Treatment of Slow‐Flow After Primary Percutaneous Coronary Intervention With Flow‐Mediated Hyperemia: The Randomized RAIN‐FLOW Study

iEpic

Josep Gomez‐Lara, Montserrat Gracida, Fernando Rivero, Alejandro Gutiérrez‐Barrios, Guillem Muntané‐Carol, Rafael Romaguera, Lara Fuentes, Ana Marcano, Gerard Roura, José Luis Ferreiro, Luis Teruel, Salvatore Brugaletta, Fernando Alfonso, Josep Comín‐Colet and Joan‐Antoni Gomez‐Hospital.

https://doi.org/10.1161/JAHA.123.030285 Journal of the American Heart Association. 2023;12:e030285

Background

ST‐segment–elevation myocardial infarction complicated with no reflow after primary percutaneous coronary intervention is associated with adverse outcomes. Although several hyperemic drugs have been shown to improve the Thrombolysis in Myocardial Infarction flow, optimal treatment of no reflow remains unsettled. Saline infusion at 20 mL/min via a dedicated microcatheter causes (flow‐mediated) hyperemia. The objective is to compare the efficacy of pharmacologic versus flow‐mediated hyperemia in patients with ST‐segment–elevation myocardial infarction complicated with no reflow.

Methods and Results

In the RAIN‐FLOW (Treatment of Slow‐Flow After Primary Percutaneous Coronary Intervention With Flow‐Mediated Hyperemia) study, 67 patients with ST‐segment–elevation myocardial infarction and no reflow were randomized to receive either pharmacologic‐mediated hyperemia with intracoronary adenosine or nitroprusside (n=30) versus flow‐mediated hyperemia (n=37). The angiographic corrected Thrombolysis in Myocardial Infarction frame count and the minimal microcirculatory resistance, as assessed with intracoronary pressure‐thermistor wire, dedicated microcatheter, and thermodilution techniques, were compared after study interventions. Both Thrombolysis in Myocardial Infarction frame count(40.2±23.1 versus 39.2±20.7; P=0.858) and minimal microcirculatory resistance (753.6±661.5 versus 993.3±740.8 Wood units; P=0.174) were similar between groups. Thrombolysis in Myocardial Infarction 3 flow was observed in 26.7% versus 27.0% (P=0.899). Flow‐mediated hyperemia showed 2 different thermodilution patterns during saline infusion indicative of the severity of the no reflow phenomenon. In‐hospital death and nonfatal heart failure were observed in 10.4% and 26.9%, respectively.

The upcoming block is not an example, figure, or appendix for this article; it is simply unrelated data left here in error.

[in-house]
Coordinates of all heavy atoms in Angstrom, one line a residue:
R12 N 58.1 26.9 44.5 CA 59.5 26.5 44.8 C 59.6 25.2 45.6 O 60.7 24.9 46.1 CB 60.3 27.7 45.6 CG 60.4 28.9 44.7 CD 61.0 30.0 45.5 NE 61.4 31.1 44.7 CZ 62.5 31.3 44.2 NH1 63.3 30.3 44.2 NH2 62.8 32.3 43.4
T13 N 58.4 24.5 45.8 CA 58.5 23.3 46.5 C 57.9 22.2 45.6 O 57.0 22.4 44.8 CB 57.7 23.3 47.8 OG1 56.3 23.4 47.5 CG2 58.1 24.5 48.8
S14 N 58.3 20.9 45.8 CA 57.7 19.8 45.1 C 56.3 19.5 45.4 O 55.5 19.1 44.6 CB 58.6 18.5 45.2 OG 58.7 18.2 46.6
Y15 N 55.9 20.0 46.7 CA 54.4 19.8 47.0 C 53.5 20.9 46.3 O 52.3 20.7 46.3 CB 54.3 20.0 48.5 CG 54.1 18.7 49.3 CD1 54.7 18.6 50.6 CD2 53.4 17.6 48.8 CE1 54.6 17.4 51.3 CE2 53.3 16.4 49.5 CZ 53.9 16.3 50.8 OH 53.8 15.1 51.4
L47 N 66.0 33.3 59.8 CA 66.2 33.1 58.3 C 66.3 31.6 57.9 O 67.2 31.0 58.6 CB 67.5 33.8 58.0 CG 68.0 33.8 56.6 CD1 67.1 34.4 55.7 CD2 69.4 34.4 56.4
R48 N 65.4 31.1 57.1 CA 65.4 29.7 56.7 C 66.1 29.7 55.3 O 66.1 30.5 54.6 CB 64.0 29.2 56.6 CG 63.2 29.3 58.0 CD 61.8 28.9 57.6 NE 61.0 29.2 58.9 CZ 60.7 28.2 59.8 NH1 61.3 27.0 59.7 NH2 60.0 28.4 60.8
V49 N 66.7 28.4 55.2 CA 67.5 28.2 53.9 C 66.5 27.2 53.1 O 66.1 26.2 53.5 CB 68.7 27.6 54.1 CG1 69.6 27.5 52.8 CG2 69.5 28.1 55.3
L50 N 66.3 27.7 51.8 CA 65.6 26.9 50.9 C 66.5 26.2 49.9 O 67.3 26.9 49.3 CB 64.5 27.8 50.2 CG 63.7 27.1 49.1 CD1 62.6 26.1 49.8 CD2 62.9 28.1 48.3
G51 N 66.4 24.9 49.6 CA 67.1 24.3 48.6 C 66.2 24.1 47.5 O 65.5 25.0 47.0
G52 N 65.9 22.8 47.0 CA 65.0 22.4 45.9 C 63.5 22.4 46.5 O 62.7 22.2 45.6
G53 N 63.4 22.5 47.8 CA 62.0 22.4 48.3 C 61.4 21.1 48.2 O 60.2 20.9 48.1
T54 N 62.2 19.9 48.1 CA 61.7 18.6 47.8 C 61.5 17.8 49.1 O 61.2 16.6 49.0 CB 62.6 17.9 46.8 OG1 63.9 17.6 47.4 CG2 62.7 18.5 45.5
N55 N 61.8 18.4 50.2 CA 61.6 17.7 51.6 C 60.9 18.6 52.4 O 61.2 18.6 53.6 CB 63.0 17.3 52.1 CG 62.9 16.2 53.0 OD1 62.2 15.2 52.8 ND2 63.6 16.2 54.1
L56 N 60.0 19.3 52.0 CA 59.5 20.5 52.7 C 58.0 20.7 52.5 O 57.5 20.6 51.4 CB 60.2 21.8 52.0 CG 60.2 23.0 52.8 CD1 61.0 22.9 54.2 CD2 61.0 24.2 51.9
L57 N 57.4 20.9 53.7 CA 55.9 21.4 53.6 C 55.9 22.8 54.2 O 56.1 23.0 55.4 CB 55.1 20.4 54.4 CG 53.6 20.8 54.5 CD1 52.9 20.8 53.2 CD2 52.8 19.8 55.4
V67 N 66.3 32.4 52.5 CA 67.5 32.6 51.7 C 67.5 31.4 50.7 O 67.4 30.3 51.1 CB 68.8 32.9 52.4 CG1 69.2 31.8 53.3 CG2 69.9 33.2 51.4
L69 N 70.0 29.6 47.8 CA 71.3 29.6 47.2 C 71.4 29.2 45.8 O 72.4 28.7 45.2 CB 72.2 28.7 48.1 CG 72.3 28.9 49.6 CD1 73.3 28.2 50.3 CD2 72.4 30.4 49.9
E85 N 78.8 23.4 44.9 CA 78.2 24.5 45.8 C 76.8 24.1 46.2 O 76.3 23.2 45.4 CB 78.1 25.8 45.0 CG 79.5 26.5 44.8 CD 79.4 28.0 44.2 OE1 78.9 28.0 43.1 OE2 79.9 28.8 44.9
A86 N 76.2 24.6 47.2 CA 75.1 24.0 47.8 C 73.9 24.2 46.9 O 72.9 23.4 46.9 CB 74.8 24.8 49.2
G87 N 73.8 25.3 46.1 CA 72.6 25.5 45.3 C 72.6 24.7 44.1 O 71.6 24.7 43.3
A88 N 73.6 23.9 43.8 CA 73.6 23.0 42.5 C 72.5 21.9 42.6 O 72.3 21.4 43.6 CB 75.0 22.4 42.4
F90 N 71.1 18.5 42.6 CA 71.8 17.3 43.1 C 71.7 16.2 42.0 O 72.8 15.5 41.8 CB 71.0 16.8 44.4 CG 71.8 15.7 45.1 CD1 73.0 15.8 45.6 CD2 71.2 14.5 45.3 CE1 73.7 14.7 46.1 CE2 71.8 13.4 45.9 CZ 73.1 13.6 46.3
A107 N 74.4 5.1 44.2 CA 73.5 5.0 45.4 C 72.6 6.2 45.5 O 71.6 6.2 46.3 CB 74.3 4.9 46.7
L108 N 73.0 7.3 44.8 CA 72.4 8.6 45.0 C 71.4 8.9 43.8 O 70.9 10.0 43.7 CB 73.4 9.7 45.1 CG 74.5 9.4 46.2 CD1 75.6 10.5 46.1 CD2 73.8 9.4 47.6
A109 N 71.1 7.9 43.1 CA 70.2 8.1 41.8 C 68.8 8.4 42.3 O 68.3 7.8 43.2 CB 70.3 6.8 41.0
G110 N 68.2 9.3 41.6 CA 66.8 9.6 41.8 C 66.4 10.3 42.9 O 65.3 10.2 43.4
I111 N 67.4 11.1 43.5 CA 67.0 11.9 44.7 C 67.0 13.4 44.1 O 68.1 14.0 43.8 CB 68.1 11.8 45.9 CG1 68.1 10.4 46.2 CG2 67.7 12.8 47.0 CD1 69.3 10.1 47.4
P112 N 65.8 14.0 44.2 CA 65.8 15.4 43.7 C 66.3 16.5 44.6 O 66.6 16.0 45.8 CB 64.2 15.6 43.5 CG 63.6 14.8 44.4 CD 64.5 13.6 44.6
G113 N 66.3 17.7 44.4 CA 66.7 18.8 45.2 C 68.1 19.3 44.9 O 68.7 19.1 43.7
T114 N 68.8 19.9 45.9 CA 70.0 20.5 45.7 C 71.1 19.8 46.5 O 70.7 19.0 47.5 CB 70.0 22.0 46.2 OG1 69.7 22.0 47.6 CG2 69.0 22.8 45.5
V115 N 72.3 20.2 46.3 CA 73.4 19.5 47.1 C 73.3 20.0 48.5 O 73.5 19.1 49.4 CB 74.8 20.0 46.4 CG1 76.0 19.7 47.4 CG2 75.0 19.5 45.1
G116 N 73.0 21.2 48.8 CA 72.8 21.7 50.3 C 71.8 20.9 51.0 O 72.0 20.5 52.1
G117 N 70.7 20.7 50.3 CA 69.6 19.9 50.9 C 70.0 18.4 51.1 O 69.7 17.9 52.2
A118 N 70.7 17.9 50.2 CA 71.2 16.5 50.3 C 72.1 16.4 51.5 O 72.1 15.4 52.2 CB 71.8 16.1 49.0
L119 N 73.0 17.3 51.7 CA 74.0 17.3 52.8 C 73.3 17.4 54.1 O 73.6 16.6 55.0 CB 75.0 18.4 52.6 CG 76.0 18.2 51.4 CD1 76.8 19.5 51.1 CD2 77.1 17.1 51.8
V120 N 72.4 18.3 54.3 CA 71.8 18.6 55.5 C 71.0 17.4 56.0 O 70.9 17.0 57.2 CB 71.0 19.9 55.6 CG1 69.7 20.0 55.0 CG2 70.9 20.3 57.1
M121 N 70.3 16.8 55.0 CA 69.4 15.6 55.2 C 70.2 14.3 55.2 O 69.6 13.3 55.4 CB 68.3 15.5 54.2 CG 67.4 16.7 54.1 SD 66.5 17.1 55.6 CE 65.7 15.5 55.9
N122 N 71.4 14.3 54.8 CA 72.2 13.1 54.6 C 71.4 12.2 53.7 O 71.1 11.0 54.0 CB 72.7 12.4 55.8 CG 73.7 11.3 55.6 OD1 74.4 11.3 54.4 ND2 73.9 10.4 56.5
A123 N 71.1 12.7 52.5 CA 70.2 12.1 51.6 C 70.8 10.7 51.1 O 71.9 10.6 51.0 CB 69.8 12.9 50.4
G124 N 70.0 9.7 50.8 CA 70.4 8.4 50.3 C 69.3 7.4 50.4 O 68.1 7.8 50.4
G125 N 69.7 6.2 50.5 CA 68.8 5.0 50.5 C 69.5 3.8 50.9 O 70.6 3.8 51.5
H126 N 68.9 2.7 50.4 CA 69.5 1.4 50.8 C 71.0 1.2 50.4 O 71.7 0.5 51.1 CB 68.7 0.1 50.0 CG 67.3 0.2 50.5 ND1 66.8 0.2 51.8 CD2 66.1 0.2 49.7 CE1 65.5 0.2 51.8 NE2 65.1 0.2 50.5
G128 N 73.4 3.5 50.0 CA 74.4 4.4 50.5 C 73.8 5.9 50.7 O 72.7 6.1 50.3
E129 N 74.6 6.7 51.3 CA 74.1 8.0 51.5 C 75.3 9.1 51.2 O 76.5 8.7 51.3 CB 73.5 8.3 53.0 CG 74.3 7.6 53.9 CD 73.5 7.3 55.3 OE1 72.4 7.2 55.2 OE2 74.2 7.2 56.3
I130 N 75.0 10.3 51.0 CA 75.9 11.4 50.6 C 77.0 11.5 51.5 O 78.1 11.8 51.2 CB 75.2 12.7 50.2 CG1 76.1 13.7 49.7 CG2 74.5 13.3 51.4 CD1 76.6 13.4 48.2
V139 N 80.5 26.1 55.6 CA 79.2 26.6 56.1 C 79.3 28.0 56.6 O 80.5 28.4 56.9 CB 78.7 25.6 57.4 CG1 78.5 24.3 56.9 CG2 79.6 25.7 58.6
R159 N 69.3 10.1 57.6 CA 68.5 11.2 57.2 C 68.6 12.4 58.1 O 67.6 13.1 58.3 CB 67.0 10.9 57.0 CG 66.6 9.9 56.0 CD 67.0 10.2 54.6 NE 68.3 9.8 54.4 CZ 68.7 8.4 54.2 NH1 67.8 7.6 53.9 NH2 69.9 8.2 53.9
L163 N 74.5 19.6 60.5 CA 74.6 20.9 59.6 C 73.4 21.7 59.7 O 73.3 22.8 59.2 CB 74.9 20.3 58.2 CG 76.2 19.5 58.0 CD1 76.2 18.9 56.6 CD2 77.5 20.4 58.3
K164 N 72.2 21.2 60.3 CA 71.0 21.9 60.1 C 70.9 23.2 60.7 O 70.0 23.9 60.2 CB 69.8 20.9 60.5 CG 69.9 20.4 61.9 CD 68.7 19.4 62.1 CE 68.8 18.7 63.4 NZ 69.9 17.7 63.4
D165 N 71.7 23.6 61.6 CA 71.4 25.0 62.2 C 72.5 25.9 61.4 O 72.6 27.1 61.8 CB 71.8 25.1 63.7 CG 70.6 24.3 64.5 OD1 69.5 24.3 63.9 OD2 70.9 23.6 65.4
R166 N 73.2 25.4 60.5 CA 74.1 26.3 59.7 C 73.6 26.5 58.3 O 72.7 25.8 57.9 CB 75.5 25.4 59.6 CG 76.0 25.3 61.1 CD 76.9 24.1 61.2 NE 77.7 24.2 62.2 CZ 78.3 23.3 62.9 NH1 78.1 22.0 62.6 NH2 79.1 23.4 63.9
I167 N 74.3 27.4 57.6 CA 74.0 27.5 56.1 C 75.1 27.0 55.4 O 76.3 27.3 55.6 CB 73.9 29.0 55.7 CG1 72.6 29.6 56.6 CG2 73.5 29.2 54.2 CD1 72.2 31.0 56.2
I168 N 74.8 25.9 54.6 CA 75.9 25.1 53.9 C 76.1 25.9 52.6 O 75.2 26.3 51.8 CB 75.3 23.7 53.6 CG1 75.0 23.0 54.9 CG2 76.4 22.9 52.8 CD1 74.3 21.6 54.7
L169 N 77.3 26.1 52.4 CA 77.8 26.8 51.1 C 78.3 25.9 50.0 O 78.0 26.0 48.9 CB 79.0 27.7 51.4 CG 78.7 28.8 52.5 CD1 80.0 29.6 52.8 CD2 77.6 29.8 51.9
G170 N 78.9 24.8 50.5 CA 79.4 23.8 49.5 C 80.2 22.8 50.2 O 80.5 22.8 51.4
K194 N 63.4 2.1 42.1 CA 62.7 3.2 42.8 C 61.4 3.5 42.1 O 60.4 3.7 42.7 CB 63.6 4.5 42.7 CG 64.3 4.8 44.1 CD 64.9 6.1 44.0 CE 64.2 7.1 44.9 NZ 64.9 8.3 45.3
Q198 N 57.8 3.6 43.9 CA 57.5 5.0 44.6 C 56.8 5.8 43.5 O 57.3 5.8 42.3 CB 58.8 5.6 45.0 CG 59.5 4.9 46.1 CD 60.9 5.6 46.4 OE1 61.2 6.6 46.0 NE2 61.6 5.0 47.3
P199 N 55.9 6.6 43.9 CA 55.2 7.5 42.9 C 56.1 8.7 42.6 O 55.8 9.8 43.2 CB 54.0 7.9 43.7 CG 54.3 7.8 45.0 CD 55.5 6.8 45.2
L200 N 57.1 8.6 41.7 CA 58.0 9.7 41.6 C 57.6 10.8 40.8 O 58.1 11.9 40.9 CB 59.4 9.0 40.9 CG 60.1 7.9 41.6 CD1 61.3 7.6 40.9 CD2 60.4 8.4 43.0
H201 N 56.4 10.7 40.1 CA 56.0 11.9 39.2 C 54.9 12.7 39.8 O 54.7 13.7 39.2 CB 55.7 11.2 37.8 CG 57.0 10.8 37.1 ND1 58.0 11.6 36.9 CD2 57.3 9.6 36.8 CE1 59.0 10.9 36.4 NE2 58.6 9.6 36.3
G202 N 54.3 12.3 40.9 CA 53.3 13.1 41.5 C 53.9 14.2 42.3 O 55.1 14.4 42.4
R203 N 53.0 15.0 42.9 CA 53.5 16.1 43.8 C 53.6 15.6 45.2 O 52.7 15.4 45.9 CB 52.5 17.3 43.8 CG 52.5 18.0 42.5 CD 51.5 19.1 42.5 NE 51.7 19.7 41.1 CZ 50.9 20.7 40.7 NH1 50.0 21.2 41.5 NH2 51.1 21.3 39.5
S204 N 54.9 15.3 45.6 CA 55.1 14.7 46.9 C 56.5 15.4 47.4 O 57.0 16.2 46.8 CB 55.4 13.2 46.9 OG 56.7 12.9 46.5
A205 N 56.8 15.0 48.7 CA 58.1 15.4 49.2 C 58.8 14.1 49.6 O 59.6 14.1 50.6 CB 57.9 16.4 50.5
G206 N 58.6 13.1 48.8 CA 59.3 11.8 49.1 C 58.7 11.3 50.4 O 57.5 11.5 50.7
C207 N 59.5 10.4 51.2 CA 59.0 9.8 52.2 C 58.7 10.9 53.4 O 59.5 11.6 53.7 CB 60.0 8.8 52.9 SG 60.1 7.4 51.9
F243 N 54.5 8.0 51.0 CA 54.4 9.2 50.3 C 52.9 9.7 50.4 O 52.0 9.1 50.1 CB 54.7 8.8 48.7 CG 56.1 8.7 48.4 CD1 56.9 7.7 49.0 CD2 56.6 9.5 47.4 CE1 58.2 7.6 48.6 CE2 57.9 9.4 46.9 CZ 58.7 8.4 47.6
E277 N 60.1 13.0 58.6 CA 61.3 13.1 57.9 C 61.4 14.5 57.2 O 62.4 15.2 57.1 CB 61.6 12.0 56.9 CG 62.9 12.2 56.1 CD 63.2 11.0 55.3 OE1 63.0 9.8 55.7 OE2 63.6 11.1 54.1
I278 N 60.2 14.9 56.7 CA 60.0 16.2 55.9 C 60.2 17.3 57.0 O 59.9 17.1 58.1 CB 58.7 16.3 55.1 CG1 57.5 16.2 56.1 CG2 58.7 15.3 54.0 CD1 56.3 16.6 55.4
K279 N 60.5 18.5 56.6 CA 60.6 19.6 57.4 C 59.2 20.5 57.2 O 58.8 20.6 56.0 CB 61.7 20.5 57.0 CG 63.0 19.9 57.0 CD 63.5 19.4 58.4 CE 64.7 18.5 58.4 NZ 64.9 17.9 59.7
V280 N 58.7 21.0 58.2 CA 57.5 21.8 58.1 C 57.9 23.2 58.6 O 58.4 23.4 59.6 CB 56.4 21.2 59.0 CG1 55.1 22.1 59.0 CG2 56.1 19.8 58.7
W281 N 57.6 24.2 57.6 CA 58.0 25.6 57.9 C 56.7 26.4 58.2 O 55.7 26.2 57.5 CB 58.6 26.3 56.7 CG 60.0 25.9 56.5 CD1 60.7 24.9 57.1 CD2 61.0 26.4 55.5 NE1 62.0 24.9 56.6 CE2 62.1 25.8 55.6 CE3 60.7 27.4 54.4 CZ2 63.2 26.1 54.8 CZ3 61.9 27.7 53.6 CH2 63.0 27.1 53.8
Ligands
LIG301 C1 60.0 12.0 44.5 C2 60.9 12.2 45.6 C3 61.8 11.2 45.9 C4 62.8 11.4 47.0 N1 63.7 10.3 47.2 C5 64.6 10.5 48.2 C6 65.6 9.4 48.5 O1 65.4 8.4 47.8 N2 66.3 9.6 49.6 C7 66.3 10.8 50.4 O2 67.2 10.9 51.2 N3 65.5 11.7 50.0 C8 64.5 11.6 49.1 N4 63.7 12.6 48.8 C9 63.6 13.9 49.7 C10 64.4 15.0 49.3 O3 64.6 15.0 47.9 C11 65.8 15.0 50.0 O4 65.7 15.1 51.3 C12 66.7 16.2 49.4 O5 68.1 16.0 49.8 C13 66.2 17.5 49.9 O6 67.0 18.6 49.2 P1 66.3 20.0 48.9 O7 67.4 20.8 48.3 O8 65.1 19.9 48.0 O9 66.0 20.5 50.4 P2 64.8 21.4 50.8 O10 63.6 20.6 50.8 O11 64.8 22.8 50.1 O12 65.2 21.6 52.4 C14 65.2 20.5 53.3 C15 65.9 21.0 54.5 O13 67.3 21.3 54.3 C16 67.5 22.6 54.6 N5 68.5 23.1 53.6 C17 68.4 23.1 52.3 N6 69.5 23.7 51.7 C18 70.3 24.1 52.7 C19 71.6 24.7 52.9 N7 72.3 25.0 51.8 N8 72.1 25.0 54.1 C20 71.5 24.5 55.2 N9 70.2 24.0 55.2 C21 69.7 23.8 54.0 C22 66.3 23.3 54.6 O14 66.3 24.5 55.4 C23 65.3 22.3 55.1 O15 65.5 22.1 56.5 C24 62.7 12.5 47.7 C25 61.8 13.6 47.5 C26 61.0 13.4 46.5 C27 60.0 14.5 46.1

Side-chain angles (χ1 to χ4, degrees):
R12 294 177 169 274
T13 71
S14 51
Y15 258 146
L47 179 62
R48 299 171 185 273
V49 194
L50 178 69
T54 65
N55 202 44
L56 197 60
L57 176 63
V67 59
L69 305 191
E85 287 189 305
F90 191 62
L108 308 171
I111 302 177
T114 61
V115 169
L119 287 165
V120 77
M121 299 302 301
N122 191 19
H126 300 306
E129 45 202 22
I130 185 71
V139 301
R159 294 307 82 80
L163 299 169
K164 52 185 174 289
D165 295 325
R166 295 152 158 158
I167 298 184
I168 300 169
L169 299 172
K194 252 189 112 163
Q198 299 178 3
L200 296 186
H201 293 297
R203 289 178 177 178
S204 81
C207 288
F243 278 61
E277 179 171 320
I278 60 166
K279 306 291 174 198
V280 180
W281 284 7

Conclusions

Both treatments showed similar (and limited) efficacy restoring coronary flow. Flow‐mediated hyperemia with thermodilution pattern assessment allowed the simultaneous characterization of the no reflow degree and response to hyperemia. No reflow was associated with a high rate of adverse outcomes. Further research is warranted to prevent and to treat no reflow in patients with ST‐segment–elevation myocardial infarction.

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